We recently had a chat in the office about sales objections recruiters frequently face. So, we decided to put together a blog covering some of the most common alongside some tips and advice on how to handle them. Read on to discover our three-part process designed to help you overcome any and all objections you’ll encounter as a recruiter…
To get a better understanding of the typical objections recruiters face day in, day out I put a comment on LinkedIn asking:
And the results on the post were great. Here’s what my network frequently comes up against:
- We’re using another agency
- You’re too expensive
- We have a PSL already
- We’re not recruiting
- We do the recruiting ourselves
- We use job boards
- HR are responsible for that i.e. it’s not my job
- We’ve got no budget
- I’m too busy to talk right now
- We’re too small to use an agency
- Our business is too technical
Plus a few others that I can’t repeat in a blog 😊. But it’s likely that you’ve encountered most (if not all) of the objections mentioned above. So, here’s a process that can be used to overcome each one of the objections listed:
3 Step Process for Handling Sales Objections
- Encourage, probe, and probe some more
- Confirm and provide a response
Let’s look at this process and consider each step in more detail…
Step 1: Encourage, Probe, and Probe Some More
When you get any objection, your first instinct is to talk about the ROI of your offering. And that makes sense - but it’s still too soon for a business case. The first thing you should do is “encourage” the objection and ask the prospect some probing questions.
You need to probe deeper into the objection and encourage your prospect by saying, “Tell me more about that. Why do you have this concern?" At this stage, the goal is to keep the conversation moving. When the prospect gets to the end of the issue, ask “What else?” and stay quiet. Often it is the answer to that last "What else?" that contains the biggest barrier to moving the chat forwards.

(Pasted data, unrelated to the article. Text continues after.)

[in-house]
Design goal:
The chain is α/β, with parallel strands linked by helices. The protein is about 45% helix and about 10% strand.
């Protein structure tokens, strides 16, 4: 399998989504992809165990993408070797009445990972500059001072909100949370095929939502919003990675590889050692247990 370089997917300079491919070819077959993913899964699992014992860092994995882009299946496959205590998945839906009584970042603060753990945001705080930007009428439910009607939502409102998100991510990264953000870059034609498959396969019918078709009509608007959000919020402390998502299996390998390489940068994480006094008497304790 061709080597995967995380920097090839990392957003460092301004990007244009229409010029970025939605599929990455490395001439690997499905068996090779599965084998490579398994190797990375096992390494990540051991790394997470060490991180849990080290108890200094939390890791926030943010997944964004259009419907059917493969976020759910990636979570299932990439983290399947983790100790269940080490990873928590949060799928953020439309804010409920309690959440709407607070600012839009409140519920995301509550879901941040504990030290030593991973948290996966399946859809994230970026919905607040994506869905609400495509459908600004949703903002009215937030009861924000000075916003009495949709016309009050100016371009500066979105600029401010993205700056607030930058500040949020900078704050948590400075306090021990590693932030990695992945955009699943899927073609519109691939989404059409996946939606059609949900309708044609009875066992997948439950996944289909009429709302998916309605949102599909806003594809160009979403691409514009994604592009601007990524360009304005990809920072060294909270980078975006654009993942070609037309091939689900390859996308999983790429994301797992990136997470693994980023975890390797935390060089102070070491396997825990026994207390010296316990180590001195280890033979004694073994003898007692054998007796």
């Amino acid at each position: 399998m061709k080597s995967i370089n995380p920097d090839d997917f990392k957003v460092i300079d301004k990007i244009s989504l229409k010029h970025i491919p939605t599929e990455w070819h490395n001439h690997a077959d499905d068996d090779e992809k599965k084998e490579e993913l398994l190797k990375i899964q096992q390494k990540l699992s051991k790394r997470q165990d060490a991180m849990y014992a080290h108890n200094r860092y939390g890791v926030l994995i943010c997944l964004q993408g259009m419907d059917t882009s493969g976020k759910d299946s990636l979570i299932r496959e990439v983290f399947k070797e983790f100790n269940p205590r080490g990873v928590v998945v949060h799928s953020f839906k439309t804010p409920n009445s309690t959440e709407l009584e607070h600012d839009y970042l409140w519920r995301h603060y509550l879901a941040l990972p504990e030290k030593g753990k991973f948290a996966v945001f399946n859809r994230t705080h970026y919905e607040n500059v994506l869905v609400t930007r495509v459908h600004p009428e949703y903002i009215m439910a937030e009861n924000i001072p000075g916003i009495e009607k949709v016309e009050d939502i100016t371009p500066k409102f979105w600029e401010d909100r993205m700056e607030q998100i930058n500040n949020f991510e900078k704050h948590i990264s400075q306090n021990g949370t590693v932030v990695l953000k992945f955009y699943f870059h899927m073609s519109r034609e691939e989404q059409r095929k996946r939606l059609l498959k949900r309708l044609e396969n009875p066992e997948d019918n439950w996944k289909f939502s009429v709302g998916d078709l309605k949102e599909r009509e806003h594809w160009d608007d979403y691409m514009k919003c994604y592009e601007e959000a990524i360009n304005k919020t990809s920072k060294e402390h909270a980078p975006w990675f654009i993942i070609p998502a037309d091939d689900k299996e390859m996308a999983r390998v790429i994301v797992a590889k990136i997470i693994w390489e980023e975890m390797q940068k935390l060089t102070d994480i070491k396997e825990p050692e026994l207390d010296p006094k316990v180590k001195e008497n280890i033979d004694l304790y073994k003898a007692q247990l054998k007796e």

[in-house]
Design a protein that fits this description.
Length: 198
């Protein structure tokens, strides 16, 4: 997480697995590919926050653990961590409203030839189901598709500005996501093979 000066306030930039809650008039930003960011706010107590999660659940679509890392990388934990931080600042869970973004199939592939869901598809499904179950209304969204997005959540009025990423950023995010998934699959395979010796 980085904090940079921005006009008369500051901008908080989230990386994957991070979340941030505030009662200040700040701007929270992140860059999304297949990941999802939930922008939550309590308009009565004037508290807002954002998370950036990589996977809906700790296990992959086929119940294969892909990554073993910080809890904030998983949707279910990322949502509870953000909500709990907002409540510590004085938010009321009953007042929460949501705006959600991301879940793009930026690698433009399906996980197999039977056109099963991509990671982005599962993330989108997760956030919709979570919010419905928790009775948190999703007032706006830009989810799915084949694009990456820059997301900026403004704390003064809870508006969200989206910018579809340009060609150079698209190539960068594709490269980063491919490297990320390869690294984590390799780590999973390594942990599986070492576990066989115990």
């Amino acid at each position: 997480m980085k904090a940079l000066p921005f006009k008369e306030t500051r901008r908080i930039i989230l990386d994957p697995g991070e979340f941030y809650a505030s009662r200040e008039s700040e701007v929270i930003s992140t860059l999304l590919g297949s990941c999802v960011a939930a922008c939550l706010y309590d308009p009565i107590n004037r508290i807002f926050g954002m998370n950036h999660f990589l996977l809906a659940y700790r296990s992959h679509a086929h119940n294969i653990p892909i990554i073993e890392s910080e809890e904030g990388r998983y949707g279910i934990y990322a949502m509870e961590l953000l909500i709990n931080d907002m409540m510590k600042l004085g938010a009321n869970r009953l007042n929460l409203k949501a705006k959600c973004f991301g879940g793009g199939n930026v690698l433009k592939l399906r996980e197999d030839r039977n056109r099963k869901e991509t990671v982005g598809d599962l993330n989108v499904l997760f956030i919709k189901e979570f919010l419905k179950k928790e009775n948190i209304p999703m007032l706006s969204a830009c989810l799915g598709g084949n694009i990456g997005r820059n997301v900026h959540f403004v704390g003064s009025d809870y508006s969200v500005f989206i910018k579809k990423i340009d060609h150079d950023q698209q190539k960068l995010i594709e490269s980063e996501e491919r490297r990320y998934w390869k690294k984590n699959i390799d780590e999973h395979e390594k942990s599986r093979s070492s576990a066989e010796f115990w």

Tackling the objection like this builds your credibility. When you start defending yourself (“Fiona, let’s look at the big picture here and talk about ROI”), you are often perceived as either not listening (best case) or trying to manipulate the person (worst case).
Encouraging and questioning, on the other hand, makes you seem confident and unafraid. It also helps you understand the real objection alongside your prospect’s specific concerns.
Step 2: Confirm and Provide a Response
Once you’ve asked one or two clarifying questions, restate the objection. This is called “confirming.” Showing you’re listening further enhances your credibility; plus, you implicitly get permission to move to the next step in the conversation.
Here, your objective is to justify your offering and help your prospect prioritise this. You might begin by acknowledging the real short-term budget impact and then build urgency by demonstrating the longer-term ROI you can bring by getting the right talent now. Long-winded responses can seem insincere, so keep your responses clear and to the point.
Now you have provided a case for why your offering is attractive, alongside a sound business case for investing in you and your agency.
Step 3: Check
You have provided a response to the objection, but you’re not done yet. Great recruiters do one more thing: They “check.” This step surfaces any lingering reservations and reinforces the progress you’ve made.
Once you've responded to the objections, check if you've satisfied all their concerns. Just because they agreed with your response doesn't mean they’re sold on everything you said. Ask if they are happy with your offering and explain it further if necessary.
If the prospect isn't ready, don't try to force a commitment. Don’t accept a lukewarm "yes" for an answer either. Many prospects will accept a solution in the moment, but once you're out of sight or off the phone, the objection still remains. So, make sure they’re completely sold before closing the deal.
This 3-step process can be applied to any objection you might come up against while doing BD as a recruiter. A great exercise here is to spend a couple of hours with your colleagues, write down the most common objections that you face day to day then work through these steps, planning how you will handle each, working together to come up with the questions you would ask. The next time you are given an objection, slow down, pause and listen closely. BD should be a two-way conversation not a one-way barrage.
For further help and advice on business development in recruitment, download our sales forecasting eBook below.